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Birthplace Of Silicon Valley – The HP Garage

Birthplace Of Silicon Valley - Hewlett Packard

With only $538 as investment in 1938, a time when the long fingers of the Great Depression still stuck the nation by its financial gullet, two aspiring entrepreneurs named Bill Hewlett and David Packard used a one-car garage as a part-time workshop in Palo Alto, California, to birth a company intended to become a world leader in engineering measurement and computer technology. From such unpretentious beginnings, the two Stanford University alumnae and close friends molded an organization that for half a century would outpace its competitors through groundbreaking products, progressive employee policies, and an enduring commitment to quality and customer satisfaction.

In 1938, Dave Packard left his job at General Electric in New York and returned to Palo Alto while Hewlett looked for a place to set up shop. Hewitt found a great place in suburbs, with the 12×18 foot garage the main selling point of the property on Addison Avenue. The home had a three-room, ground floor flat for Packard and his wife Lucille, while Hewlett got the shed out back. The rent was $45 per month.

In 1989, during the 50th anniversary of the recognized Hewlett-Packard corporation, the State of California termed the one-car garage first used as a workspace by Bill Hewlett and David Packard in Palo Alto as the “birthplace of Silicon Valley.” This historic landmark also represents the beginning of innovation, chance taking, and common sense policies in a company that would bourgeon as few have before or since.

367 Addison Avenue in Palo Alto - Hewlett Packard.jpg

367 Addison Avenue in Palo Alto, California, is the house and one-car garage—dubbed the “birthplace of Silicon Valley”—where William (Bill) Hewlett and David Packard began making their first product in 1939. Mr. Packard died in 1996, Mr. Hewlett in 2001. HP bought the property in 2000, 13 years after the garage was designated California Registered Landmark No. 976.


This garage is the birthplace of the world’s first high-technology region, “Silicon Valley.” The idea for such a region originated with Dr. Frederick Terman, a Stanford University professor who encouraged his students to start up their own electronics companies in the area instead of joining established firms in the East. The first two students to follow his advice were William R. Hewlett and David Packard, who in 1938 began developing their first product, an audio oscillator, in this garage.

California Registered Historical Landmark No. 976

California Registered Historical Landmark No. 976 - Birthplace Of Silicon Valley

Plaque placed by the State Department of Parks and Recreation in cooperation with Hewlett-Packard Company, May 19, 1989.

The Hewlett-Packard House and Garage is also National Register Listing 07000307.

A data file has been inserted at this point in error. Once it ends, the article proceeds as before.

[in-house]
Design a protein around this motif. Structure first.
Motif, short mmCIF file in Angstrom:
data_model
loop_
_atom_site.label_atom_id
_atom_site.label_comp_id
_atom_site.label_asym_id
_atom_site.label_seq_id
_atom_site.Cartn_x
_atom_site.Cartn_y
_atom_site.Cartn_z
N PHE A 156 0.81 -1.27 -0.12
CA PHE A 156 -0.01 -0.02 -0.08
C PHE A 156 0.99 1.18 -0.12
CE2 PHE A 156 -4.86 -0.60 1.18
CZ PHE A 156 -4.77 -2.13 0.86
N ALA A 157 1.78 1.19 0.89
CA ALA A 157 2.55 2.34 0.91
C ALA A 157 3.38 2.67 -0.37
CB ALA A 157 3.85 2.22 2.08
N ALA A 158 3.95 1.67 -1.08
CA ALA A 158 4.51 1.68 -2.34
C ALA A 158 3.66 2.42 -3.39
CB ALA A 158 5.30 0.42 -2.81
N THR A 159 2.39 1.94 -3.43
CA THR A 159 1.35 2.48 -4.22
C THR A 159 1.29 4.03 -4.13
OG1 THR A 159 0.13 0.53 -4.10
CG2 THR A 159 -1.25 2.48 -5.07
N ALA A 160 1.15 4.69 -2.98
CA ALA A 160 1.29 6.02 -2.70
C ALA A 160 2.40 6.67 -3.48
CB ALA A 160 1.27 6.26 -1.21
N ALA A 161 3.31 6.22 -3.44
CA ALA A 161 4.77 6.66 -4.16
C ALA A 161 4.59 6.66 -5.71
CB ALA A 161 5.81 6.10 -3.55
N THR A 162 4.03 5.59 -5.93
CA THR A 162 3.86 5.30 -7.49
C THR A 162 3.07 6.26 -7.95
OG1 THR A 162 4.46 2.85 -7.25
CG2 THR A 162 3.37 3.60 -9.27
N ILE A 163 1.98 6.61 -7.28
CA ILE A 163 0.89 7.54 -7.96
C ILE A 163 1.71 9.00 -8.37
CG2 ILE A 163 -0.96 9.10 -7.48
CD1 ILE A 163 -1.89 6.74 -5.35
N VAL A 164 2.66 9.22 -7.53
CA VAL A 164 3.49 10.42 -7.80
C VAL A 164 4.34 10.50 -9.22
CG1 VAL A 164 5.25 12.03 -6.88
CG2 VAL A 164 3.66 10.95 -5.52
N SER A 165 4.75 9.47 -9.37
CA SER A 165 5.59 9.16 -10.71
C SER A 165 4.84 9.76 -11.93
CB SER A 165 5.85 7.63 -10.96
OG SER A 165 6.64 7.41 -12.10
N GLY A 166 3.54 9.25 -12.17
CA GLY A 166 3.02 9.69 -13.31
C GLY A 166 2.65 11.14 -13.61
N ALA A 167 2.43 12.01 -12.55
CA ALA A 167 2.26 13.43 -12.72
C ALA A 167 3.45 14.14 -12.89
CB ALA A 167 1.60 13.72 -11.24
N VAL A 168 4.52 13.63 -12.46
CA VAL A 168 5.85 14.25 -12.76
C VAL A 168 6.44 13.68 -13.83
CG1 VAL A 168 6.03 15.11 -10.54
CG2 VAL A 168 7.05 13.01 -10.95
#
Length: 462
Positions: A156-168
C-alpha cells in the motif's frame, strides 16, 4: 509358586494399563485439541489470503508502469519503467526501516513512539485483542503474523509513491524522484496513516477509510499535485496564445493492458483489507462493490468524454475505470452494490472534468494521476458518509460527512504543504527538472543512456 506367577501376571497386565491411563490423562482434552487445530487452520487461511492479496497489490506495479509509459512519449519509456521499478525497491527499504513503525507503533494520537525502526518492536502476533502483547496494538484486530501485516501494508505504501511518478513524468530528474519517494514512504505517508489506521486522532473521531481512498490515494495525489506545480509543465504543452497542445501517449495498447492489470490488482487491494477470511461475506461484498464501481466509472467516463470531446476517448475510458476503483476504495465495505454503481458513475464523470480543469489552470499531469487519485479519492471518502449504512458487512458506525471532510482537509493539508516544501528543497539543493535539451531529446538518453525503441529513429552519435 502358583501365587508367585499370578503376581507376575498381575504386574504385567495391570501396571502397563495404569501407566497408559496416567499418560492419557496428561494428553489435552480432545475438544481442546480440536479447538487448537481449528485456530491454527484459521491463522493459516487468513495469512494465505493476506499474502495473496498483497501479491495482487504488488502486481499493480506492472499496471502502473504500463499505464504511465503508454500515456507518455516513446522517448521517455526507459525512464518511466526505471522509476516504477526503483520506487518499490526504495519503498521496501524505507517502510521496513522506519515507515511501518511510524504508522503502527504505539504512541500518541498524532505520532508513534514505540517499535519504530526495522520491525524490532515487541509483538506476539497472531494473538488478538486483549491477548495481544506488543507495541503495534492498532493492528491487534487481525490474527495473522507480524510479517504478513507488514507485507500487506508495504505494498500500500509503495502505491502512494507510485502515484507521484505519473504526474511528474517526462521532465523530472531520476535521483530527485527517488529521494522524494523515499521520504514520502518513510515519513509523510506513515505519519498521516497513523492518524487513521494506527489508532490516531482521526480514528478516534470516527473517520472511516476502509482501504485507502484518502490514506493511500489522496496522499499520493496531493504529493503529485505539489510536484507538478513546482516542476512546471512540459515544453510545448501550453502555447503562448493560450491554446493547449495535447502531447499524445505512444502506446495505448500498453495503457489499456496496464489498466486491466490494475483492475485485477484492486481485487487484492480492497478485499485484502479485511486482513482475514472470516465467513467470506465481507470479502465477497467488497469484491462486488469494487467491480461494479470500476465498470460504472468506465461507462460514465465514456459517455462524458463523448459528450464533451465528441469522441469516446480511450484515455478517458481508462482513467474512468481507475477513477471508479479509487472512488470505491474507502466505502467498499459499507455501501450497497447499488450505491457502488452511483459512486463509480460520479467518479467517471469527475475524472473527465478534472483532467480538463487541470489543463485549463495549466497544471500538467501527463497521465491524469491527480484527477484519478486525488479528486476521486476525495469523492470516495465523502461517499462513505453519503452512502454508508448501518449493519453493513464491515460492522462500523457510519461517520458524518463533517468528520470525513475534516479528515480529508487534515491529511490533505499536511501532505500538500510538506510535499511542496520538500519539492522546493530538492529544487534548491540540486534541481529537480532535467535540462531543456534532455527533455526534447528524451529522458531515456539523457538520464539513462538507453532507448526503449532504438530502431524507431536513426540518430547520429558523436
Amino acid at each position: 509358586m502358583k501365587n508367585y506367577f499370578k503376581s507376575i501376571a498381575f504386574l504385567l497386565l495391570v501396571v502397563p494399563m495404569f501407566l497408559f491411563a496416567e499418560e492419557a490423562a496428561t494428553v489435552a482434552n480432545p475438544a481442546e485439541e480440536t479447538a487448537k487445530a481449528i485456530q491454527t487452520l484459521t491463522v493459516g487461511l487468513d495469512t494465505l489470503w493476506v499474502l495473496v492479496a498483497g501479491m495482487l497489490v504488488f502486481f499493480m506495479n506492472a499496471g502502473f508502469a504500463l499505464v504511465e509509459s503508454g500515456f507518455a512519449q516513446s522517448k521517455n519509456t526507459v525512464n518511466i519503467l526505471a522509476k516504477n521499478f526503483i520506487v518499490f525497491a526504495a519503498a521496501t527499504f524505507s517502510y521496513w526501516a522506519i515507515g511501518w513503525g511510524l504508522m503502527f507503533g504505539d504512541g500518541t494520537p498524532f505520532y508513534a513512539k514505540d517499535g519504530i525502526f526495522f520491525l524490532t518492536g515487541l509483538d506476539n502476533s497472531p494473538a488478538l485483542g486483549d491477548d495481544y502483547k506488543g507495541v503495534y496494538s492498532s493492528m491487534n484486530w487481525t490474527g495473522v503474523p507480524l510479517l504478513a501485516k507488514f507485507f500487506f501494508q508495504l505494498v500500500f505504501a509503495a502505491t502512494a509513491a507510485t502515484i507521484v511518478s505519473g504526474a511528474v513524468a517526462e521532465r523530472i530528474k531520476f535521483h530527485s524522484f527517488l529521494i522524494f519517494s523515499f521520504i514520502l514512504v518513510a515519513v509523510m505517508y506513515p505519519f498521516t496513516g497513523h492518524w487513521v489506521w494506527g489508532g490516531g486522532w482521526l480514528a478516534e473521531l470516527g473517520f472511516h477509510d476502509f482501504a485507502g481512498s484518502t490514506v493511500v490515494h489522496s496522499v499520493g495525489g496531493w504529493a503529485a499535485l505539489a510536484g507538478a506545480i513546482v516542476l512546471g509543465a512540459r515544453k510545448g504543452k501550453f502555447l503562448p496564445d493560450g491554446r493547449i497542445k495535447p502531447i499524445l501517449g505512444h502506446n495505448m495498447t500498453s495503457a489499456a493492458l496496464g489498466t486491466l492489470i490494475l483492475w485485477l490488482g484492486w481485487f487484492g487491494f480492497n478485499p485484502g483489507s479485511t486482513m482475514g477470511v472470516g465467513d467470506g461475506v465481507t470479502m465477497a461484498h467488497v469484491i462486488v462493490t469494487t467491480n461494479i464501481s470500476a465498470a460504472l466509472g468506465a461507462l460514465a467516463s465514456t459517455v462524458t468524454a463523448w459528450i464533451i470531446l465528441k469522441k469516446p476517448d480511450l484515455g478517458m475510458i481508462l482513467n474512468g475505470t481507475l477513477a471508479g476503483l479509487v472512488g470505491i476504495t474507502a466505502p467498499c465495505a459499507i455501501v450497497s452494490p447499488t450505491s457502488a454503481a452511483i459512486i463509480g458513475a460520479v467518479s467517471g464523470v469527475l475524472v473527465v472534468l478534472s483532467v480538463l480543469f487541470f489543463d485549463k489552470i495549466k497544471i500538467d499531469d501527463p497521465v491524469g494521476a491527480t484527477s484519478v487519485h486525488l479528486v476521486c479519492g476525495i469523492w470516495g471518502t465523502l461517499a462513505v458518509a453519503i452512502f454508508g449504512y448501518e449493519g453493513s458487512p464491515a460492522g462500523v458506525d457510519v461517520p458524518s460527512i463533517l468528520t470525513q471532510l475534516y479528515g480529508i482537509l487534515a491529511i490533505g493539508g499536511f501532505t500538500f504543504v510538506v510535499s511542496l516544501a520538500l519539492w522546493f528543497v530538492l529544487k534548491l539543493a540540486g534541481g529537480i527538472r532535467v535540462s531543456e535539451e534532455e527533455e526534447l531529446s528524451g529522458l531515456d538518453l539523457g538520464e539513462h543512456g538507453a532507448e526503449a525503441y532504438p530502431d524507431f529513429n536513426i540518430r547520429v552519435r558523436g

Although the garage has become Silicon Valley legend, Hewlett and Packard only stayed at the garage a mere 18 months. The company was officially founded in 1939, with HP outgrowing the garage by 1940. The company moved to a larger property nearby on Page Mill Road. The garage was bestowed the honour of the birthplace of Silicon Valley in 1989, with HP buying the property in 2000.

Posted in Business and Strategy Travels and Journeys

Remembering Silicon Valley ‘Coach’ Bill Campbell

Remembering Silicon Valley 'Coach' Bill Campbell Bill Campbell, better known merely as “Coach,” was a renowned mentor of Silicon Valley executives and venture capitalists. He advised and coached some of tech’s biggest names, comprising Google’s Eric Schmidt, Apple’s Steve Jobs, and Amazon’s Jeff Bezos.

The cluster is a geographically proximate group of interrelated companies and associated institutions in a particular field, linked by cohesions and complementarities. The cluster model converges upon the circumstances that support firm competitiveness at the national scale. It is an economic development model that stimulates collaboration among institutions to accelerate the exchange of information and technology. A venture capital firm in structuring a fund aims to limit the obligation of investors to the amount of their investment and circumvent a double charge of taxation (once when returns on investments are realized by the fund and a second time when the investors receive the proceeds of their investment from the fund). The most important customers for these new technologies may be beyond US borders, however, where breaks for a solid education are hard to come by and a Western credential carries a lot of weight. Changes and adaptations have become customs and are embedded in the social norms of the Valley. But it so far cannot escape from its contract manufacturing past. It does not have the profundity of competences and capabilities, nor does it have the scale to take advantage of a more networked-oriented internet-driven economy. Entrepreneurial financing is an important mechanism to engender economic advantages. In particular, the science and technology incubators play a vital role in supporting entrepreneurship and economic growth. To date, few studies have looked meticulously at the strategies and policies that are crucial for creating an empowering environment for high-tech start-ups.